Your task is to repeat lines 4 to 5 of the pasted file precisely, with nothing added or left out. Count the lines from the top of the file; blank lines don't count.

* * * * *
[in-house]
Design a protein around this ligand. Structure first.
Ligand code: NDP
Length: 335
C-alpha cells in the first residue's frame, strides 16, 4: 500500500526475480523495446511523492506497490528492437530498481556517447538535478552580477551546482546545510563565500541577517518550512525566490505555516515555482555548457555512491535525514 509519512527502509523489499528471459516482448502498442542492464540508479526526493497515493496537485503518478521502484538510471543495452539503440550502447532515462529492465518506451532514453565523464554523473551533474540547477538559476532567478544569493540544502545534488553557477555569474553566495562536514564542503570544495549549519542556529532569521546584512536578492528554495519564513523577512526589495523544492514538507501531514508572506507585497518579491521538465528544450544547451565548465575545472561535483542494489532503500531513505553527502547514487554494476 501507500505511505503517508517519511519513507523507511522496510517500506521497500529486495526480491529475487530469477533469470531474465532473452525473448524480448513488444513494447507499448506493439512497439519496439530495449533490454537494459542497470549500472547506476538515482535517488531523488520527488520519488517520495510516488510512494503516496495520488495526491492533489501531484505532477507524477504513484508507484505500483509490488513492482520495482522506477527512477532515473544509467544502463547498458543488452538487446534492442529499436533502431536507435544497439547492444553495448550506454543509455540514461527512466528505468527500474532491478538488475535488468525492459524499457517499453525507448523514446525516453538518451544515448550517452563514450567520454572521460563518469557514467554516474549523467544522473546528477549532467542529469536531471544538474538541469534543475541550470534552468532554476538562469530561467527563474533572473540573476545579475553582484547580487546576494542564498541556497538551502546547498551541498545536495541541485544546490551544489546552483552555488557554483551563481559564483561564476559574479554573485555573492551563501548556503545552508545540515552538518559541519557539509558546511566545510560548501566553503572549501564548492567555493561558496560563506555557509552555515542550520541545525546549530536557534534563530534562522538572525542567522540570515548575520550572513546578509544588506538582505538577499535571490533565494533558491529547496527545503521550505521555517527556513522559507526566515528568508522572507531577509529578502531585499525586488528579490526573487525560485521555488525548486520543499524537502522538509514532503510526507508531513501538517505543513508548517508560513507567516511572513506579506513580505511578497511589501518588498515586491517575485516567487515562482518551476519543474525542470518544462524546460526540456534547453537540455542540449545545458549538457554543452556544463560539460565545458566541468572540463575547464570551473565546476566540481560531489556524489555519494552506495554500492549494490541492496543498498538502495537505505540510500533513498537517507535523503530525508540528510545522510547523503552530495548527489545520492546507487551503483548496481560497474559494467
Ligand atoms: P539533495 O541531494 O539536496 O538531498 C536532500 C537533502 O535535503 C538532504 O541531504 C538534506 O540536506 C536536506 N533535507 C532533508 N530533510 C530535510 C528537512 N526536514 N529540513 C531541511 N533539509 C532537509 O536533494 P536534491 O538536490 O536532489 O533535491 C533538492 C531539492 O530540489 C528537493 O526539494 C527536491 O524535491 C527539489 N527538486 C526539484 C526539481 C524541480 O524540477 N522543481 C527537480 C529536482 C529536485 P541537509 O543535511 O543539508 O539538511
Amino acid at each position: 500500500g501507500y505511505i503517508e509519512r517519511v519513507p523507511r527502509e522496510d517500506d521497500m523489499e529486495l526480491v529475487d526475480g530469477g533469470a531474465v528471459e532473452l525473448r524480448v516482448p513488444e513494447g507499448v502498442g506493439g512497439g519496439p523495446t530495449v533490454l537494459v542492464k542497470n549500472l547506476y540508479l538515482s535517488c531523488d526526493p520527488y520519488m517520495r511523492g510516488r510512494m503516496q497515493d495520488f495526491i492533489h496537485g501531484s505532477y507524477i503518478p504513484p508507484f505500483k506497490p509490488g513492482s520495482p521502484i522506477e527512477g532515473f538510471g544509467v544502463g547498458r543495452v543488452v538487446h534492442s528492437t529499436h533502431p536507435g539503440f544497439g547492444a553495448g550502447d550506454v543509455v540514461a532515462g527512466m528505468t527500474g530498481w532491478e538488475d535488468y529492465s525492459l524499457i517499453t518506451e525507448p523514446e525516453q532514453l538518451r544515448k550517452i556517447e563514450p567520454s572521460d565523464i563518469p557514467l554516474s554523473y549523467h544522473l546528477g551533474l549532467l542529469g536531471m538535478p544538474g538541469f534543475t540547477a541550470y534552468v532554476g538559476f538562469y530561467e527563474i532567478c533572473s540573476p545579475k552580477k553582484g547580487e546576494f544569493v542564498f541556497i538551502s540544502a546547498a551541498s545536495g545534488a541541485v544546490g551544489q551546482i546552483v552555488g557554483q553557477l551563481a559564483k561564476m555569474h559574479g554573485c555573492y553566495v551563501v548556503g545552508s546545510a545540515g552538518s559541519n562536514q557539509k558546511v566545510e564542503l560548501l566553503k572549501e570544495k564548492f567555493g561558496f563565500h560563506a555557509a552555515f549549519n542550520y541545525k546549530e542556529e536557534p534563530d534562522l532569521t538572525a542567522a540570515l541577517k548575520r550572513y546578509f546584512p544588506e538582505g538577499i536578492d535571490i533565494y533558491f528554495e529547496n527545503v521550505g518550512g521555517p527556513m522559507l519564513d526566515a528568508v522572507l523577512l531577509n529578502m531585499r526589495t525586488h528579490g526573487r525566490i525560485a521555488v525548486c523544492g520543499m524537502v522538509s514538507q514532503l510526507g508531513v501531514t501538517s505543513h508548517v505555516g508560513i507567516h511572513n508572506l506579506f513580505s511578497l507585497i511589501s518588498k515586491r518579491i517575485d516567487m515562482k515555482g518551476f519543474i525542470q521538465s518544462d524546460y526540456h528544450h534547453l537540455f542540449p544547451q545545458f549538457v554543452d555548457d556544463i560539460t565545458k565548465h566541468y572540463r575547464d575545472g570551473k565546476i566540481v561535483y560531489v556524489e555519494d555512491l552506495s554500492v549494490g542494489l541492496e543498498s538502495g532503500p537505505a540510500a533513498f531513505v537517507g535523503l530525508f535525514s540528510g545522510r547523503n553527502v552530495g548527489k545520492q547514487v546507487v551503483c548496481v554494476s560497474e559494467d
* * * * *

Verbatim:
Length: 335
C-alpha cells in the first residue's frame, strides 16, 4: 500500500526475480523495446511523492506497490528492437530498481556517447538535478552580477551546482546545510563565500541577517518550512525566490505555516515555482555548457555512491535525514 509519512527502509523489499528471459516482448502498442542492464540508479526526493497515493496537485503518478521502484538510471543495452539503440550502447532515462529492465518506451532514453565523464554523473551533474540547477538559476532567478544569493540544502545534488553557477555569474553566495562536514564542503570544495549549519542556529532569521546584512536578492528554495519564513523577512526589495523544492514538507501531514508572506507585497518579491521538465528544450544547451565548465575545472561535483542494489532503500531513505553527502547514487554494476 501507500505511505503517508517519511519513507523507511522496510517500506521497500529486495526480491529475487530469477533469470531474465532473452525473448524480448513488444513494447507499448506493439512497439519496439530495449533490454537494459542497470549500472547506476538515482535517488531523488520527488520519488517520495510516488510512494503516496495520488495526491492533489501531484505532477507524477504513484508507484505500483509490488513492482520495482522506477527512477532515473544509467544502463547498458543488452538487446534492442529499436533502431536507435544497439547492444553495448550506454543509455540514461527512466528505468527500474532491478538488475535488468525492459524499457517499453525507448523514446525516453538518451544515448550517452563514450567520454572521460563518469557514467554516474549523467544522473546528477549532467542529469536531471544538474538541469534543475541550470534552468532554476538562469530561467527563474533572473540573476545579475553582484547580487546576494542564498541556497538551502546547498551541498545536495541541485544546490551544489546552483552555488557554483551563481559564483561564476559574479554573485555573492551563501548556503545552508545540515552538518559541519557539509558546511566545510560548501566553503572549501564548492567555493561558496560563506555557509552555515542550520541545525546549530536557534534563530534562522538572525542567522540570515548575520550572513546578509544588506538582505538577499535571490533565494533558491529547496527545503521550505521555517527556513522559507526566515528568508522572507531577509529578502531585499525586488528579490526573487525560485521555488525548486520543499524537502522538509514532503510526507508531513501538517505543513508548517508560513507567516511572513506579506513580505511578497511589501518588498515586491517575485516567487515562482518551476519543474525542470518544462524546460526540456534547453537540455542540449545545458549538457554543452556544463560539460565545458566541468572540463575547464570551473565546476566540481560531489556524489555519494552506495554500492549494490541492496543498498538502495537505505540510500533513498537517507535523503530525508540528510545522510547523503552530495548527489545520492546507487551503483548496481560497474559494467